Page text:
Do you want to continue driving as long as possible with your car, without it costing you a lot of money? By following a few simple rules created by the British consumer website WhatCar? you have years of extra pleasure from your car.
1. Choose your way carefully
This may seem like far-fetched, but it isn’t. If you use a very difficult road every day, this can be disastrous for your chassis. The result? Worn shock absorbers, crooked rims, and damaged tires. A detour on that road without barriers can extend the life of your shock absorbers by thousands of kilometers.
2. Use your brake to brake
That sounds logical, but many motorists with a manual gearbox slow down ‘on the engine’. This causes extra load on the bearings, which shortens the life of the components of your gearbox. So if you need to slow down, don’t use the engine brake, but the foot brake to lose speed.
3. Leave your air conditioning on
Some drivers refuse to switch on their air conditioning because ‘this increases fuel consumption’. However, modern air conditioning systems are very efficient and by switching them off during the winter, for example, you cause enormous damage to the seals and other components.
So if you finally use it, the system will probably leak or an important part is broken, which will ultimately cost you more than what you have saved on fuel.
4. Link management
If you have a manual gearbox and rest your foot on the clutch pedal, the clutch will be partially engaged, making it wear faster. It may seem like an obvious point, but do not drive your foot on the clutch. It’s amazing how many people do this.
5. Use your garage
Many people have a garage but do not use it to store their car. They put the lawnmower in it and other things. By storing your car, you prevent the car from rusting, the sun fading the interior and the interior getting very hot on sunny days – something that does not benefit the dashboard and interior.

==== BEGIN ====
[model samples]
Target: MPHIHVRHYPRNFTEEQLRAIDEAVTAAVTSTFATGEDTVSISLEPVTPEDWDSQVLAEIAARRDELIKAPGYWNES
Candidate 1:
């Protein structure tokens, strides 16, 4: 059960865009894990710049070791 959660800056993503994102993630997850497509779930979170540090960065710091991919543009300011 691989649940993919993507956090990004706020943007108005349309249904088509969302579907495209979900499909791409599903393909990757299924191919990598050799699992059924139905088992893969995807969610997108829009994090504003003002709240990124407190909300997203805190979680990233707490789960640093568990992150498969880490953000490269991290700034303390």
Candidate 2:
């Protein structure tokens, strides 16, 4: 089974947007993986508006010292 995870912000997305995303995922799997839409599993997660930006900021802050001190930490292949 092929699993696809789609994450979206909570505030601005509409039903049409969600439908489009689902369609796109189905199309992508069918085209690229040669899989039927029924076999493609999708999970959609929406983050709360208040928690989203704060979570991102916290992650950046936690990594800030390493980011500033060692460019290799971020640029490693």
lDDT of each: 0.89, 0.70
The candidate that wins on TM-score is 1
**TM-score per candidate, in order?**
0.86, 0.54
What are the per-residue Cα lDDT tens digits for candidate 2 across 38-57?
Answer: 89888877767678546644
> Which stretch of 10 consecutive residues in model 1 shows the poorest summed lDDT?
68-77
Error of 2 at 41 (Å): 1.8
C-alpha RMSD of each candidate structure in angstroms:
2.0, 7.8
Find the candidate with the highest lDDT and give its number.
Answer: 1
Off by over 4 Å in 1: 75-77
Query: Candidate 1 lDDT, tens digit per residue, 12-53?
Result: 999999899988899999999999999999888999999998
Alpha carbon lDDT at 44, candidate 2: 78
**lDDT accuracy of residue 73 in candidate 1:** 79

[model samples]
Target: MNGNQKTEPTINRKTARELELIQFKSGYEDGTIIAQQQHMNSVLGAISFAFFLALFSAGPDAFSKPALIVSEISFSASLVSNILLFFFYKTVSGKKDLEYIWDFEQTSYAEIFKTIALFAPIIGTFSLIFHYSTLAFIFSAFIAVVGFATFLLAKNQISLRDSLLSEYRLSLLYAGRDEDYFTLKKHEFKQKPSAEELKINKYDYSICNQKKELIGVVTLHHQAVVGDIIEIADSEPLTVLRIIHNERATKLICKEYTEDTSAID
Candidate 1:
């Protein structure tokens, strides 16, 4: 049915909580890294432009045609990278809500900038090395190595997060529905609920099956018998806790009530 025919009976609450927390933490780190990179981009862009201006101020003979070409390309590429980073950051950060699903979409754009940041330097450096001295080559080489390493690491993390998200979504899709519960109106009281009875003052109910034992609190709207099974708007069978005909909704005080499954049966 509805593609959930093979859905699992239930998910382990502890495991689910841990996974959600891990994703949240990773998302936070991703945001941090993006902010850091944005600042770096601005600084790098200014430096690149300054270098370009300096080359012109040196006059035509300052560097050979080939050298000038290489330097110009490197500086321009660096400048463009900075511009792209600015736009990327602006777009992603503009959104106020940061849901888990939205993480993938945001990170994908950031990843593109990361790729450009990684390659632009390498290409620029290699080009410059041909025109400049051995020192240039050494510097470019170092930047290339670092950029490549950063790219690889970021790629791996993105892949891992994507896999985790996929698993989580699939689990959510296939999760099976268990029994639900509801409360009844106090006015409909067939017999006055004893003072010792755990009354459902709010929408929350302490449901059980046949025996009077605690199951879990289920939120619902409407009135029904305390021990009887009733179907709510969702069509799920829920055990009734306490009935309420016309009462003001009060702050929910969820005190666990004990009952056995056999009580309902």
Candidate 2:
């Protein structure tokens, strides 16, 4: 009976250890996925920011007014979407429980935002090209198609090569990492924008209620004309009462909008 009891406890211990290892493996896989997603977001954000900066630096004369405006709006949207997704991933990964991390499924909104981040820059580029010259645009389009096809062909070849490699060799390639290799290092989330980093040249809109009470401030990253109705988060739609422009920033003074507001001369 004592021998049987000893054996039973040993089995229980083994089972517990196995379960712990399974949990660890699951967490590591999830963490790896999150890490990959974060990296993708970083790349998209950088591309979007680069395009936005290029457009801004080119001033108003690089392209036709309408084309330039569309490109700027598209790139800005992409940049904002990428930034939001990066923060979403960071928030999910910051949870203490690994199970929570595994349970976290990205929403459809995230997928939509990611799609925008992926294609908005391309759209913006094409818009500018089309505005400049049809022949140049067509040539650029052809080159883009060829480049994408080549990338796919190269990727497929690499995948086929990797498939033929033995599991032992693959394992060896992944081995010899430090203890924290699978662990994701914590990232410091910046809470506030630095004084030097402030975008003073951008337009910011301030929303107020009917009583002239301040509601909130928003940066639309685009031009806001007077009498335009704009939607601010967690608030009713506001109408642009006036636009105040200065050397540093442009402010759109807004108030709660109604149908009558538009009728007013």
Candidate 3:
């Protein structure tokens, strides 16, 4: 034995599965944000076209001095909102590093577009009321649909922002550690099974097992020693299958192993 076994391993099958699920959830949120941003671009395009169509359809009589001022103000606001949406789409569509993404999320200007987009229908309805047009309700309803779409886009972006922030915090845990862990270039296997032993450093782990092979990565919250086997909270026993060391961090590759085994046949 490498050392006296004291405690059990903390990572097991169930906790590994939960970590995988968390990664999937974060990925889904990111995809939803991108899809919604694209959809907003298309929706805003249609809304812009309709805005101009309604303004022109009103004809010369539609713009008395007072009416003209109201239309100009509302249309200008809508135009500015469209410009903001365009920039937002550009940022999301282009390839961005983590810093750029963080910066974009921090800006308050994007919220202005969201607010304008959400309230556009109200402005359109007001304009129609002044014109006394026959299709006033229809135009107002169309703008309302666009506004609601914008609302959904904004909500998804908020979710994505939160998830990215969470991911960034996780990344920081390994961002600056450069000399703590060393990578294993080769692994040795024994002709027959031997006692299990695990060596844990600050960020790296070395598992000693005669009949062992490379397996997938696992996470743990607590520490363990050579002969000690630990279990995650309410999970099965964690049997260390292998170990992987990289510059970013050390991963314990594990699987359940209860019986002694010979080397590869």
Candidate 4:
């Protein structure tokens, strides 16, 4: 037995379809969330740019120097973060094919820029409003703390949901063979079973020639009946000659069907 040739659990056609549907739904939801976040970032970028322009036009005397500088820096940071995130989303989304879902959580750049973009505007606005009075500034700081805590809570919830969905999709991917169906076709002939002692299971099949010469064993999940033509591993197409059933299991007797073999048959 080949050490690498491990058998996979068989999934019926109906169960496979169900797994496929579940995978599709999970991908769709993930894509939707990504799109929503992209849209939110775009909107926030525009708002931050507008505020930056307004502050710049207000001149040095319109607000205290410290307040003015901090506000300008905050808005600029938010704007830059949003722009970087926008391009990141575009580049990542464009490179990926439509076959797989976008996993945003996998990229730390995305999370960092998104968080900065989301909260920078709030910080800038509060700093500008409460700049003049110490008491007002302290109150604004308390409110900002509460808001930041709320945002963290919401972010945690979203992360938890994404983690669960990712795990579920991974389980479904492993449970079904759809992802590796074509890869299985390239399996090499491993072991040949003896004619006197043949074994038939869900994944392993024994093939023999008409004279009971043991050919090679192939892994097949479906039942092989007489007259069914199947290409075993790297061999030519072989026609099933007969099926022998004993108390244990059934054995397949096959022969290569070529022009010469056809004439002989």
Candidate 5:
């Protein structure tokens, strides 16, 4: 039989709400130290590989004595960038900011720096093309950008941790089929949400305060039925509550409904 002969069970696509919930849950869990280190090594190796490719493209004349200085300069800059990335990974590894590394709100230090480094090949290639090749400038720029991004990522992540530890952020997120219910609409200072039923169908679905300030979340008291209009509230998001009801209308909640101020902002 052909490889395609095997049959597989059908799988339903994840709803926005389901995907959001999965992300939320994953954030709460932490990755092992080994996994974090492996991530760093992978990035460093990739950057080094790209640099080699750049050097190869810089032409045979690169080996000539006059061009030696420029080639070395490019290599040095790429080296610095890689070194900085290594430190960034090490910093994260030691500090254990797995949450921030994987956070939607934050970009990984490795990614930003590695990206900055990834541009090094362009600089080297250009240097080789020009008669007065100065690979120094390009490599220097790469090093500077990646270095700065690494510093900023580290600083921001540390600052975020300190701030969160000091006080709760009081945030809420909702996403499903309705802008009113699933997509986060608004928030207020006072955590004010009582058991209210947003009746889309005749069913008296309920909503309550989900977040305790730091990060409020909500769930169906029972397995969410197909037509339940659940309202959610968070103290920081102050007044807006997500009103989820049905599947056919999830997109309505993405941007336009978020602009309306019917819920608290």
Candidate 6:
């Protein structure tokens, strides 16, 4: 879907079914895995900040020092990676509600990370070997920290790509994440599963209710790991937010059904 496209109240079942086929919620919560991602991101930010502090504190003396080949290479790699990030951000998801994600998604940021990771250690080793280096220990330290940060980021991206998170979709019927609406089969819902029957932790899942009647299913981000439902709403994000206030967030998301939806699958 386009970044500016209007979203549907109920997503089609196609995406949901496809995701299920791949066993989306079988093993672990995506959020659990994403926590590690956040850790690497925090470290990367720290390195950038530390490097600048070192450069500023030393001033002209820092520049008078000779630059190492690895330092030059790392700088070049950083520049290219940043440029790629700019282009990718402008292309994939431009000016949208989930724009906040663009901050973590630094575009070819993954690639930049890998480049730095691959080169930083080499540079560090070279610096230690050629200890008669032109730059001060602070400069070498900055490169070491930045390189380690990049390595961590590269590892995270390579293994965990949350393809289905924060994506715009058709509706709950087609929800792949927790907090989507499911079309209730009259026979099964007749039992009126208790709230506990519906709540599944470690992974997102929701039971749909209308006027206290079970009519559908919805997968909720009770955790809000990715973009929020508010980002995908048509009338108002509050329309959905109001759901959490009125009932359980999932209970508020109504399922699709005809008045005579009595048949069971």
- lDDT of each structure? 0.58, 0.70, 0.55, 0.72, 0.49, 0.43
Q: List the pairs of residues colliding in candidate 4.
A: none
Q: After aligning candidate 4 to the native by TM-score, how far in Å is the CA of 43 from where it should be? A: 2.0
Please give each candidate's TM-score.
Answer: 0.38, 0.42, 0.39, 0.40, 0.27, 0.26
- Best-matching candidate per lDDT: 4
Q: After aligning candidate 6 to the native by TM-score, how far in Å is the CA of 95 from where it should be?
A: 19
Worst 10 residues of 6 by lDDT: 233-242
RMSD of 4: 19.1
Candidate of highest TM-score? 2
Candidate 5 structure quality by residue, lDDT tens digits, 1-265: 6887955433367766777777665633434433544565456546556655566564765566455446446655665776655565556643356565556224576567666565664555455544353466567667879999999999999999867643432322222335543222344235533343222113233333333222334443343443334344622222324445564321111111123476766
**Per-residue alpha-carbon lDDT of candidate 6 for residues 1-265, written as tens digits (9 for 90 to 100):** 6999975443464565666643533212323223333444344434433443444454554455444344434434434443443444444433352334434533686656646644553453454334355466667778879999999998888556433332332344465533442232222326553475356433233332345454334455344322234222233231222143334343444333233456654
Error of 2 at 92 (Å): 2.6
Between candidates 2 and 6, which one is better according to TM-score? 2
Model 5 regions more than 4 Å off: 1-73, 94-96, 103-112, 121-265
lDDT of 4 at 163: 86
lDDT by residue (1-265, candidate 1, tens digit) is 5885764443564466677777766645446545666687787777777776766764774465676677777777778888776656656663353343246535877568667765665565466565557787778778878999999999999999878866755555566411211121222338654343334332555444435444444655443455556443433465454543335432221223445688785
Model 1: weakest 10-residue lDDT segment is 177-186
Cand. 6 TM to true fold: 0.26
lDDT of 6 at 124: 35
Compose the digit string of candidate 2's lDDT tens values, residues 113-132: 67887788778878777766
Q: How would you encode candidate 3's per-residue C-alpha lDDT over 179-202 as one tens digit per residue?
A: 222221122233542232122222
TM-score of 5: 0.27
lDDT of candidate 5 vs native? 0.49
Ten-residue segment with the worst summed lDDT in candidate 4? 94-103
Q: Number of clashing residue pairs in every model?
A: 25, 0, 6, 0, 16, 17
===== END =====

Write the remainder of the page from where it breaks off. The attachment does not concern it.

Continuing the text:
6. Gases, but in moderation
Today, all diesel engines must be equipped with a soot filter. To prevent the filter from becoming clogged, you must regularly rotate a little to burn the filter. Gasoline engines also benefit from occasional driving at higher speeds, since this prevents all kinds of residues from being deposited on parts of the engine.
7. Cold start? Rather not
An engine has the heaviest five minutes after it is started. A cold engine has little lubrication because it is at the bottom of the block and is thick. The wear is, therefore, the heaviest with a cold engine and that does not only apply to the winter. Before the engine is warm, it is recommended to switch at 2,500 rpm with a gasoline engine and 2,000 with a diesel. Better yet: grab the bike for short distances if possible.
8. Refuel on time
If you are one of those people who regularly run out of fuel, you run the risk of damaging the fuel system. This is because sediment usually collects at the bottom of the tank and if the engine always runs on fuel from the bottom of the tank, it is likely that the pump, the filter and possibly even the injectors can become clogged, leading to high bills leads.
9. Start your engine in it’s ‘free’
When you start the car, do not do so in gear and with the clutch engaged. This causes extra load on the starter motor. It may seem like futility, but over several years and thousands of starting procedures, this can make more difference than you think.
10. Keep your paint clean